The Future of Branding

Writing a fair few “goodbye 2016, welcome 2017” blogs for some of my fantastic clients this month has put me in a reflective mood. And whilst all this looking backwards and forwards is giving me some serious vertigo, it has got me thinking about what the future has in store.

Now, I recently did a blog on the Future of Content, which seemed to spark some rather interesting conversations. However, content is only one part of branding (an integral and valuable part), but a part nonetheless. So my question this week – what will happen to “the whole” as we move into a radically altered world? As automation and engineering give us the Internet of things, driverless cars, and the iPhone X (which is rumoured to be a sheet of glass), how will this affect brands as we move into 2017 and beyond?

Since the end of the Second World War, branding has been based on the premise that consumers seek comfort and reliability. According to Tracey Fellows, in her extremely poignant article for The Guardian, this was due to the Second World War itself. This dark period – spanning six years – caused devastation, confusion, and unprecedented shifts that saw the cultural landscape alter irrevocably. Amidst this turmoil, the post-war consumer sought continuity and consistency in their brand. However, as Fellows convincingly argues, we are no longer looking for that reassurance. Instead, we want – nay we demand – change, evolution, and exploration.

I think the greatest symbol of this sentiment is the moment that Neil Armstrong placed the American flag on the moon. Since that date (which admittedly was just a little before I was born), the human race has been striving to do, be, and see more. Fellows takes that one step further and creates a neologism she describes as “bio-brands.” She believes that the days of describing brands anthropomorphically are in decline, because as we enter the post-human world, brands will require connections to technology instead of humans.  Now, Fellows is chief strategist at the Future Laboratory and clearly knows her shit, however I must respectfully disagree, at least partly, with her assessment.

There is little question that a new generation of consumers are emerging who will crave rapidly evolving change. We see that in a number of brands – Apple with their annually evolving product range (and bizarrely monarchical method of releasing new models: iPhone 5, 6, and 7 vs Henry V, VI and VII), and Uber who whilst providing one service – taxi drivers – are already working to replace that with another – driverless cars by 2020. In the future, evolution will no longer be a unique brand value, but rather an absolute necessity.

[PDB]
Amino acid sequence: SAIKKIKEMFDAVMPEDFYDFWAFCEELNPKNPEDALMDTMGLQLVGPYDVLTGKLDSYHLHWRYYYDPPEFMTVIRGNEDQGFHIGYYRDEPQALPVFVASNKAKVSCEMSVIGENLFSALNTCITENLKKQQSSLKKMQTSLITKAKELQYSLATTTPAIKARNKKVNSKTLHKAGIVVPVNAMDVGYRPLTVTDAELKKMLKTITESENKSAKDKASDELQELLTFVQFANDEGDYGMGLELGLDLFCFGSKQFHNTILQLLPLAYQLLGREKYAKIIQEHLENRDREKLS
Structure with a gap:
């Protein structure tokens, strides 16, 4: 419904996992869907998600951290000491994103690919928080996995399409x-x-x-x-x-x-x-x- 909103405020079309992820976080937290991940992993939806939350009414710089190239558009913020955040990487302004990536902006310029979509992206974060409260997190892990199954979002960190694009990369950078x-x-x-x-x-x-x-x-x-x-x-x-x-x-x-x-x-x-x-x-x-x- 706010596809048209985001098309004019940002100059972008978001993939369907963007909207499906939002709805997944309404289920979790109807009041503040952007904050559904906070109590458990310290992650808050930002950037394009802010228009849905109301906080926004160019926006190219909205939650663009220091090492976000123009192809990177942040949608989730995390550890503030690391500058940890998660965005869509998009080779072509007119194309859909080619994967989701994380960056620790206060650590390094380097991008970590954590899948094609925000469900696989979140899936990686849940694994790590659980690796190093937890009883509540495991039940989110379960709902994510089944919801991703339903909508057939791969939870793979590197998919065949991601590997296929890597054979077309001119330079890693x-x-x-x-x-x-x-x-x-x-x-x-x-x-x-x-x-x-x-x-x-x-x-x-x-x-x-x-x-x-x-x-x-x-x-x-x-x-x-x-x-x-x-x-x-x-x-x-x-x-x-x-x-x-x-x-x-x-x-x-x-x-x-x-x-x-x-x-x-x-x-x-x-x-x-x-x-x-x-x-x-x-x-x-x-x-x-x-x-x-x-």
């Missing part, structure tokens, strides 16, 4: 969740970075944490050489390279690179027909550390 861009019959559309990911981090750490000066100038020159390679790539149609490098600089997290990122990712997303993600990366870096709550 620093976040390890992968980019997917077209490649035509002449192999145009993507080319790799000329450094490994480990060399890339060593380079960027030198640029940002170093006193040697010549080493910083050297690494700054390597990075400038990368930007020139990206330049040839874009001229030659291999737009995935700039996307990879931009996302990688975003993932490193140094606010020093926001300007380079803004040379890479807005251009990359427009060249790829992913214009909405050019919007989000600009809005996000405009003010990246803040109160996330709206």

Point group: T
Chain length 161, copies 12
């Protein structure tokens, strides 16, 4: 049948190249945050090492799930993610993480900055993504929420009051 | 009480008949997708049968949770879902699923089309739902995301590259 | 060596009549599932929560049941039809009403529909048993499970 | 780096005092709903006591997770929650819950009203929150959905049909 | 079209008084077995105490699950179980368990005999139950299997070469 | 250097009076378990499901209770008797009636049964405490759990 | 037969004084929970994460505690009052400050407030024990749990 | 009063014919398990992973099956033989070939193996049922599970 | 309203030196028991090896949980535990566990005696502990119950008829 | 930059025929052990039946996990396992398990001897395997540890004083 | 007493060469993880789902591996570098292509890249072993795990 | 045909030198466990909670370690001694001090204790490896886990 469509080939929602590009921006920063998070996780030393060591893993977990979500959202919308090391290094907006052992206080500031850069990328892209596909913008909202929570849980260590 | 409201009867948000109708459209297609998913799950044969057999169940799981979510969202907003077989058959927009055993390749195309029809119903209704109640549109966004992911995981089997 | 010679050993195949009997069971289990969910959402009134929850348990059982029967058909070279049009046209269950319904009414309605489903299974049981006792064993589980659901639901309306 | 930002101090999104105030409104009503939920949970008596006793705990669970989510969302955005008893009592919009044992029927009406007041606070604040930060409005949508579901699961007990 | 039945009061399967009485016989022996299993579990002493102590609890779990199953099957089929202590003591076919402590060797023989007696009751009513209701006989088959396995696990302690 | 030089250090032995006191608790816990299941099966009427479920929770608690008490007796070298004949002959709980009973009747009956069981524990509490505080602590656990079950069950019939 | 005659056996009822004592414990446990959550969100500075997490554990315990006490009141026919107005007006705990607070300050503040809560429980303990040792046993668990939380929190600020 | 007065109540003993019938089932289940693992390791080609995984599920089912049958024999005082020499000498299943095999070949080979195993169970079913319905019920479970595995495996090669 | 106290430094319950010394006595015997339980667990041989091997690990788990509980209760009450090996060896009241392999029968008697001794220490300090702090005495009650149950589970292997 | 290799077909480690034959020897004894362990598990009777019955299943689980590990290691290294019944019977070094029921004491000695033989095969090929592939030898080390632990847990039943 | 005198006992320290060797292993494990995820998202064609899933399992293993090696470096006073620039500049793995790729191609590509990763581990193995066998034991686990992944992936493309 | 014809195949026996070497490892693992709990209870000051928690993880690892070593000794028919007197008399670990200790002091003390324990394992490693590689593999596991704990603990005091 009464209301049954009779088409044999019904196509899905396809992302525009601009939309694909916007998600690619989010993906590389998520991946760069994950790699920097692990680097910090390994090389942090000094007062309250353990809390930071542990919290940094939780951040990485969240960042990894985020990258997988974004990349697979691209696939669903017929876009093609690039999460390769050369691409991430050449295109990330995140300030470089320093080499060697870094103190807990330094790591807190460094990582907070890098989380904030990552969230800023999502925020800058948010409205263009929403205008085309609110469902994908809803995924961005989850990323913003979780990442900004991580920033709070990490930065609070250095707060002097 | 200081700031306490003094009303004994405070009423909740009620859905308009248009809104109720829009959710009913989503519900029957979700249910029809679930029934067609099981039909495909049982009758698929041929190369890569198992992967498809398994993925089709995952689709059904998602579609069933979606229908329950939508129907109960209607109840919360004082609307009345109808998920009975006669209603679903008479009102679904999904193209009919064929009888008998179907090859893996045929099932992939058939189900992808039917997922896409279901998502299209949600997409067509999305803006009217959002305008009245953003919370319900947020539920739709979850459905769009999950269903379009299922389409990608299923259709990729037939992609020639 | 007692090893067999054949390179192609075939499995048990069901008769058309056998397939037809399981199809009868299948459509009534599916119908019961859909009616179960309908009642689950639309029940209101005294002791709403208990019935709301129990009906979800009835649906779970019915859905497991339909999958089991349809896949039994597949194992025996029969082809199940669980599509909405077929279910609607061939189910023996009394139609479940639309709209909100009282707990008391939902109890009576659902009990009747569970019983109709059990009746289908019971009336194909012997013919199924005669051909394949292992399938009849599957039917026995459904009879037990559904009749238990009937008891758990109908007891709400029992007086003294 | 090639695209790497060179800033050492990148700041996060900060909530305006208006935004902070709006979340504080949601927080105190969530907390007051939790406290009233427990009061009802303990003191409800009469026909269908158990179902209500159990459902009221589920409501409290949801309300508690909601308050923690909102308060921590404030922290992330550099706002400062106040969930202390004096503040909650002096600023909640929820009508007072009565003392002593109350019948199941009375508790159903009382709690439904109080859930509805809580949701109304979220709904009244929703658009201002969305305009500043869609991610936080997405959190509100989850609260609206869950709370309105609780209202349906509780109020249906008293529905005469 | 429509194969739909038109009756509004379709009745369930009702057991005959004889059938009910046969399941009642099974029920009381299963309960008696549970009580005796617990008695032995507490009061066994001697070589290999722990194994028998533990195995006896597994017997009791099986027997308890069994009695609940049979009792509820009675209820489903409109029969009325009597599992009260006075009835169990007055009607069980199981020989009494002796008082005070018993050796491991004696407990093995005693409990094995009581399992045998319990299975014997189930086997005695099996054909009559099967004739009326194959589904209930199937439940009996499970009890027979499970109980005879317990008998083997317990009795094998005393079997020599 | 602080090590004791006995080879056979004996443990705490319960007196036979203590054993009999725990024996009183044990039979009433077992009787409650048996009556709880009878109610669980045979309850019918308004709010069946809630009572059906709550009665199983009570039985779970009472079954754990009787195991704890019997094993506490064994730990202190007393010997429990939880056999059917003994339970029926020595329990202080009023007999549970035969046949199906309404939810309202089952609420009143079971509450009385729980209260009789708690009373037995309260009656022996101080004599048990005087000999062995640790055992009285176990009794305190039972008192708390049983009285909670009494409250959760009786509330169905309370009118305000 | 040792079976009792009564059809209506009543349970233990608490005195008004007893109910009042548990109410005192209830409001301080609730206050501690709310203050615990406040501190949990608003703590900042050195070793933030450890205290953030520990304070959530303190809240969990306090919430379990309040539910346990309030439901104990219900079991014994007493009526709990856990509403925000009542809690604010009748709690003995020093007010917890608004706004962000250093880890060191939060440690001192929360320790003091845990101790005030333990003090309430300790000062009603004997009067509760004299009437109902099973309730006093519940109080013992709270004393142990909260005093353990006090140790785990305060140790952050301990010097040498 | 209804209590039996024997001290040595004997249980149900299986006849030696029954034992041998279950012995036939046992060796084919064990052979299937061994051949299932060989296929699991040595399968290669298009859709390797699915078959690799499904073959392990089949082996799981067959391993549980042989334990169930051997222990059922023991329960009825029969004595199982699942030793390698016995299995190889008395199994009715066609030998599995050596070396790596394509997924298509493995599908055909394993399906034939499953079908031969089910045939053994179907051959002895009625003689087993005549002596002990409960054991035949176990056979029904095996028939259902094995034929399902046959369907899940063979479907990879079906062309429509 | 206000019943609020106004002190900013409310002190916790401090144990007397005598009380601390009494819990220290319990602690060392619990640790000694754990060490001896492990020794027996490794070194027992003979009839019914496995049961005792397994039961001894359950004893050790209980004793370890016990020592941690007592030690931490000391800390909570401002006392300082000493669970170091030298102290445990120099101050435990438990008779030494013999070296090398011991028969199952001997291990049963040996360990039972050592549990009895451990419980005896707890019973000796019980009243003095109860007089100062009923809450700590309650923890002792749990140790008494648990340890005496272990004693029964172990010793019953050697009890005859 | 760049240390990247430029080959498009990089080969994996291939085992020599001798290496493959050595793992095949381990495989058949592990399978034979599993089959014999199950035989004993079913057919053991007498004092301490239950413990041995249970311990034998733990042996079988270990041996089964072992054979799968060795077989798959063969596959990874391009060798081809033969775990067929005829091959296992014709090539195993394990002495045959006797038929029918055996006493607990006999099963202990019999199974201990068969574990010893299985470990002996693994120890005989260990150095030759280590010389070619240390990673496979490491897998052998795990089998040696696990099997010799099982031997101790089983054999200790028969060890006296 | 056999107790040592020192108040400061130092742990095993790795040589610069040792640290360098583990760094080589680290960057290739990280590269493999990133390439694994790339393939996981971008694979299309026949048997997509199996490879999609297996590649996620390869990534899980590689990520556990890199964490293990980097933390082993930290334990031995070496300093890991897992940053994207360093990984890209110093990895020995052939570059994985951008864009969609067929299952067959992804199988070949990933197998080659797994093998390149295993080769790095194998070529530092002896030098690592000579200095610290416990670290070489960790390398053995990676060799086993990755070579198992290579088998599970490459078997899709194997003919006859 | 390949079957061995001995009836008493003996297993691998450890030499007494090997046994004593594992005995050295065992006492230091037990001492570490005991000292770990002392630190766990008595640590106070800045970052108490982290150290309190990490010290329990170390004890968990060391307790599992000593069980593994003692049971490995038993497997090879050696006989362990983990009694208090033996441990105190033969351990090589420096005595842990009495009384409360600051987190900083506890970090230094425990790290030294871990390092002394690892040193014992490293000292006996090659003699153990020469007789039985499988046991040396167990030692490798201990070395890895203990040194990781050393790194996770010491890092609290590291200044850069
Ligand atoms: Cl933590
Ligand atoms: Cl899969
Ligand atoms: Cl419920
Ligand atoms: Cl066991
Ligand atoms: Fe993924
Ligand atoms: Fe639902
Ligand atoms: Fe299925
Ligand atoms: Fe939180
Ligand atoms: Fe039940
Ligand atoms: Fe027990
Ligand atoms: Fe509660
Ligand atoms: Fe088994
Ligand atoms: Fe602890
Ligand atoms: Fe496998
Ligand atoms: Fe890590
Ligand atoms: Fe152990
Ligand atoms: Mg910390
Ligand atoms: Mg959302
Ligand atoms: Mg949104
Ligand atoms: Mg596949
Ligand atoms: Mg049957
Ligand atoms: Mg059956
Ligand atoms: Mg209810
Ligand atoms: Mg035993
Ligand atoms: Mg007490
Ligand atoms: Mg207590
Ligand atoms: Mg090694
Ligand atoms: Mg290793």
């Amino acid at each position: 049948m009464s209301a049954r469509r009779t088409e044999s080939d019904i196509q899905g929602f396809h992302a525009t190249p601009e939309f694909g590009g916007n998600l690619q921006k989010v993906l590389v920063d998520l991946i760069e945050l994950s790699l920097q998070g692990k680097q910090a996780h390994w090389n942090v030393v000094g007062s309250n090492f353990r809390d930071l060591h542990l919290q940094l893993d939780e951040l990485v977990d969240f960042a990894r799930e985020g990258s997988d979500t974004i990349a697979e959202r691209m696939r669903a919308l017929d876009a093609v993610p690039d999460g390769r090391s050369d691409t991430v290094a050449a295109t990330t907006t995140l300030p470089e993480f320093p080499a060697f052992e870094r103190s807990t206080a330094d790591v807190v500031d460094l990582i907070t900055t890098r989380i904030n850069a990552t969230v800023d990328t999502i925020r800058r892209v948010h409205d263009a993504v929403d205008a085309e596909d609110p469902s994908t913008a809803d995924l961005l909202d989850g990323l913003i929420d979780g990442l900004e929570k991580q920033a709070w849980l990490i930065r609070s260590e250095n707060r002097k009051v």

However, as every brand continues to meet that benchmark of change – as Cadbury, Tesco, and Topshop begin selling (respectively) raw cacao nibs from the Garden of Eden, the Internet of things, and colour altering clothes, and whilst I will continue to hope that the self-service checkout actually performs, they will still need a core personality.

Much like the best people (in my humble opinion) are those who have a strong core, but adapt to different situations, so too will brands find themselves needing to have a strong core value – and I believe a human value that still positions them in the market. Because whilst Apple & Facebook pride themselves on the functionality of their product, they both still have extremely strong founders: Steve Jobs and Mark Zuckerberg, both of whom positioned themselves extremely precisely within the market – Jobs as a visionary and a creative, whilst Zuckerberg is the renegade geek with a sustainability angle and a cute kid to boot. That human value is still exceptionally vital to their business – Job’s tragic passing led to the creation of two movies, and when Zuckerberg posted a picture of his newborn daughter on Facebook, it received millions of likes. It is not their brands that are anthropomorphised, instead they revealed just enough of themselves to imbue their products with a hint of their best and most likeable qualities – despite Aaron Sorkin’s best efforts.

So I think moving into the 2020s, brands will almost certainly have to evolve, adapt, and become those “bio-products” that Fellows mentioned. However, that is not to say the human element should, or will, disappear. I believe brand positioning will remain integral to business success, even when we put the first man on Pluto.

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